Introducing the Akoya Afrobeat Ensemble (Afrobomb Music [no number], 2004)
Afrobeat, the percolating, politicized style constructed from some of the rougher edges of jazz, highlife and funk, has been enjoying a resurgence lately. It was the late Nigerian firebrand Fela Kuti who developed the sound and brought it to the world with epic length tunes that grooved relentlessly while lyrically denouncing corruption, greed, hypocrisy and abuse of power.
In the U.S., Afrobeat’s main torchbearers have been Brooklyn-based band Antibalas, but keep an eye and ear open for Akoya (also outta NYC) as well. Their introductory release is rich with all the hallmarks of Afrobeat- longish songs, interlocked drum and percussion pulses, guitars conversing with bass and keyboards in prickly but tasty tones, horns handling most of the melodic load as well as soloing in and out of bounds and vocals that surface infrequently but get right in your face when they do. But don’t think for a minute that these guys are simply copping studied moves.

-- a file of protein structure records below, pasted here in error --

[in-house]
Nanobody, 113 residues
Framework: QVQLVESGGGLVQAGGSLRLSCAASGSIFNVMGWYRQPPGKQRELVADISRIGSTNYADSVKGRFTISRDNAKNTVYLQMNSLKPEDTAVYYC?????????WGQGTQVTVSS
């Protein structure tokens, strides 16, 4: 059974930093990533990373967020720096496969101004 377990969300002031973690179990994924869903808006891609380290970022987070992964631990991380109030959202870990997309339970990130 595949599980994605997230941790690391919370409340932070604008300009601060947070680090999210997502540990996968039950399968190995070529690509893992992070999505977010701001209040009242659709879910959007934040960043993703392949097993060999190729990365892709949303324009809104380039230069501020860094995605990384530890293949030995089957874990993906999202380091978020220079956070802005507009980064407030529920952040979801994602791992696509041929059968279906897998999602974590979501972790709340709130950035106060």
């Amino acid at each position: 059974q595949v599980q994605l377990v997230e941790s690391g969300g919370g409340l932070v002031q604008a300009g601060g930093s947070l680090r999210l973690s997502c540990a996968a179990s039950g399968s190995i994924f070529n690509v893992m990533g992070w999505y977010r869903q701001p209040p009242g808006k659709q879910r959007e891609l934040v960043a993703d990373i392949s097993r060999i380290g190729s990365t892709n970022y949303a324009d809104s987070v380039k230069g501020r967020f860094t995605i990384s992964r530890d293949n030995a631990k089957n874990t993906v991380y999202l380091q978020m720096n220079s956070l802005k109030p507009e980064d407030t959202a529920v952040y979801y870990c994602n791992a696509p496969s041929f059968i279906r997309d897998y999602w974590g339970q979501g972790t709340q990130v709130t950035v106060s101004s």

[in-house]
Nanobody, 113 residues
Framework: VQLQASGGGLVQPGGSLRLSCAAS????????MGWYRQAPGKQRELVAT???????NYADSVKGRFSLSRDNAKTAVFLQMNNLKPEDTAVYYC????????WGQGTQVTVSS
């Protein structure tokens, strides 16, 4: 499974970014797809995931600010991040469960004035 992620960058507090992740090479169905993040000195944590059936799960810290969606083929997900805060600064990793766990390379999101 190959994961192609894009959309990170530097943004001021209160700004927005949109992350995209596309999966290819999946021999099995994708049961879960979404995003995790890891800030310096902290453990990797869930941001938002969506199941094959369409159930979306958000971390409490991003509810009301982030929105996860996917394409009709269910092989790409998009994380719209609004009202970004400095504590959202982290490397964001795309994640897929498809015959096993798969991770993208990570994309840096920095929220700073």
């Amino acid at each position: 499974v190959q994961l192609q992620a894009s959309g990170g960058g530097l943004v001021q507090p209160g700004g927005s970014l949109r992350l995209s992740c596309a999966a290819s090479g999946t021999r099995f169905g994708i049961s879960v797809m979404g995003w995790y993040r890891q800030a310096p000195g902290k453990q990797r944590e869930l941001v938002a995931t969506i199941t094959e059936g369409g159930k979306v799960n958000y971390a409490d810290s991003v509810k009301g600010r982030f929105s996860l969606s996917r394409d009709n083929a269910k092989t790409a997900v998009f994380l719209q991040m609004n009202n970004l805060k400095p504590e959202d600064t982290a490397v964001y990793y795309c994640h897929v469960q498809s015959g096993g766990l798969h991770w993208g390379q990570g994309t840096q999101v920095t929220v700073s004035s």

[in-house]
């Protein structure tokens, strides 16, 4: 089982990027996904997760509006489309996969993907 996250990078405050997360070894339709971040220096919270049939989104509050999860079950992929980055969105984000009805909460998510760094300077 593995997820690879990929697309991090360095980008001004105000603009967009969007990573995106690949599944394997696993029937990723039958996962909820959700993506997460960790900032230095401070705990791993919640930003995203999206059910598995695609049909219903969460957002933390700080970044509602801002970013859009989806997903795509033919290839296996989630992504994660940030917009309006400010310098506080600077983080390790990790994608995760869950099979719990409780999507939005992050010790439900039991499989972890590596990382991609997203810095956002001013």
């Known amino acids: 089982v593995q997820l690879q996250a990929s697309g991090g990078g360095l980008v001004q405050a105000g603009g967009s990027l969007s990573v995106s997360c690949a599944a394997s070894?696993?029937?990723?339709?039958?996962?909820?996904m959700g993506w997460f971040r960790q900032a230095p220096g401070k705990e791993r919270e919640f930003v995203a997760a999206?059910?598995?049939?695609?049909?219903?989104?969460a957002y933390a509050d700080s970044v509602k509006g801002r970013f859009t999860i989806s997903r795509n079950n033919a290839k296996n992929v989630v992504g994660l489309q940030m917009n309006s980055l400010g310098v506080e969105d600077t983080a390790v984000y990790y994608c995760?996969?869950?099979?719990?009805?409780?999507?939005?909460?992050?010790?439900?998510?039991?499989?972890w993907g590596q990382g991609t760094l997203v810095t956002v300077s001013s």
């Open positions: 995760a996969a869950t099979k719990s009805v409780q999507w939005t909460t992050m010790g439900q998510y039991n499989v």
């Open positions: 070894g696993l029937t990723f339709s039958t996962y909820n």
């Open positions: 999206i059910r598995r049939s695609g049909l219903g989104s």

They’re the real deal in every respect, from the fact that lead singer Kaleta was once a sideman of Fela’s to their multiracial lineup and occasional breaking of the rules (is that a guitar solo I hear?). Throw in dance-inducing tempos, adventurous rhythm changes that take things higher and appropriately
defiant lyrics, and you’ve got Afrobeat to truly flex your body and mind. This is a wallop of a debut and a must for Afrobeat lovers.
Author: Tom Orr
Tom Orr is a California-based writer whose talent and mental
stability are of an equally questionable nature. His hobbies include
ignoring trends, striking dramatic poses in front of his ever-tolerant
wife and watching helplessly as his kids surpass him in all desirable